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More than Bucs have stake in vote

For months, talk of a new stadium for the Tampa Bay Buccaneers has dominated the discussion of the half-cent sales tax increase on the Sept. 3 ballot.

But the new stadium, which would cost $319-million with interest and contingencies, represents just one-eighth of the $2.7-billion the tax would raise during its 30-year life.

The rest of the money would be spent on myriad public projects, from storm drains to roads, new schools and more jail cells. Today, The Times presents the full list of projects and their estimated cost.

The School Board voted to accept 25 percent of the money raised by the tax _ $678-million. The board has approved a building plan for the first 15 years of the tax.

The rest of the money is distributed among Hillsborough County and its three cities on a population-based formula written into state law. The law requires that the proceeds be spent only on capital projects, not on operating expenses such as salaries.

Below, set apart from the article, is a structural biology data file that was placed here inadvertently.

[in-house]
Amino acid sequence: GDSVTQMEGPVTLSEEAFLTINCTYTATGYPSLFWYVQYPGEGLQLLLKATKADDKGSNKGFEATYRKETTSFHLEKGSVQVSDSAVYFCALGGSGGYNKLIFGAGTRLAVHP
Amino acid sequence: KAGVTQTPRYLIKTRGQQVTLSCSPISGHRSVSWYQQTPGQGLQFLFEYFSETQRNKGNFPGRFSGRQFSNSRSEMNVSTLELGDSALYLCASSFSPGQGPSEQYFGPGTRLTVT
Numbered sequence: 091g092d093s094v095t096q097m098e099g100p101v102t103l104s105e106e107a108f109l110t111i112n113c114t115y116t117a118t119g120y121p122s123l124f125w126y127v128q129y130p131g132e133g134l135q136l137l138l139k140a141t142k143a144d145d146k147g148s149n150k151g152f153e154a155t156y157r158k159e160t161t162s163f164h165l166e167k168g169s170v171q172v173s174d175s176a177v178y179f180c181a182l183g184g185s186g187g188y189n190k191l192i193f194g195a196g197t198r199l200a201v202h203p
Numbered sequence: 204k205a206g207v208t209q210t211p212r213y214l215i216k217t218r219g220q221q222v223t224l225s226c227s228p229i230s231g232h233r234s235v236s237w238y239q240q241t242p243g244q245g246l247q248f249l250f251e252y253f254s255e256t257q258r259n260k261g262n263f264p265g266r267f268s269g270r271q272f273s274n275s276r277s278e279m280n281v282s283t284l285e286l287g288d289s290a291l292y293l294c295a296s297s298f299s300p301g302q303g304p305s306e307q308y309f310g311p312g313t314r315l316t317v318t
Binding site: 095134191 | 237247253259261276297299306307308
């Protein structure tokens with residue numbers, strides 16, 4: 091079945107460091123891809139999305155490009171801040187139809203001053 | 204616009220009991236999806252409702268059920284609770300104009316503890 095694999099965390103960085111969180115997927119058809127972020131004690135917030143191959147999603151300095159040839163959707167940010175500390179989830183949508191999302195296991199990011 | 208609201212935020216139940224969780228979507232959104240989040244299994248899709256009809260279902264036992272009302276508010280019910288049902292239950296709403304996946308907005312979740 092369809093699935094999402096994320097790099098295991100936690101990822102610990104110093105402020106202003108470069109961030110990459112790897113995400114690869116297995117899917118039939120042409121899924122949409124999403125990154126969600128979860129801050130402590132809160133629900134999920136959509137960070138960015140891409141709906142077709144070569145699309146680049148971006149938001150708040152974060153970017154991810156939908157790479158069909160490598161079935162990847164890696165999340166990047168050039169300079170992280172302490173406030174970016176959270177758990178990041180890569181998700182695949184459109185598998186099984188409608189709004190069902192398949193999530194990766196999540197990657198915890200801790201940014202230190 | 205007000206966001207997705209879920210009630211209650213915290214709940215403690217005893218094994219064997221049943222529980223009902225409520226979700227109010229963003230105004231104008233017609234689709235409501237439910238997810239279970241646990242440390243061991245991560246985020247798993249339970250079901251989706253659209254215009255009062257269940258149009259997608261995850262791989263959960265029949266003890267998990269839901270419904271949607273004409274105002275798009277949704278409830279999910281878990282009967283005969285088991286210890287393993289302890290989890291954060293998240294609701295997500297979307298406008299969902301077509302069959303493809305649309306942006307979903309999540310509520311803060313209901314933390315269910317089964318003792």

The county would get 70.2 percent ($1.2-billion), Tampa 25.8 percent ($443-million). Plant City would get 2.3 percent ($39-million) and Temple Terrace, 1.7 percent ($30-million).

The county has approved a six-year spending list. The cities have approved five-year lists. Each party has agreed that the money would supplement current building funds _ not replace them. Elected officials say they want to avert any charges of a "lottery"-style diversion of funds.

The sales tax is currently 6.5 percent. Last fall voters rejected two separate half-cent increases, for law enforcement and school construction. Exit polling found high levels of voter distrust about how officials would spend the proceeds. Officials are hoping that this time their detailed lists of projects will help assuage such skepticism.

The Tampa City Council is expected on Thursday to vote on Mayor Dick Greco's proposed project list.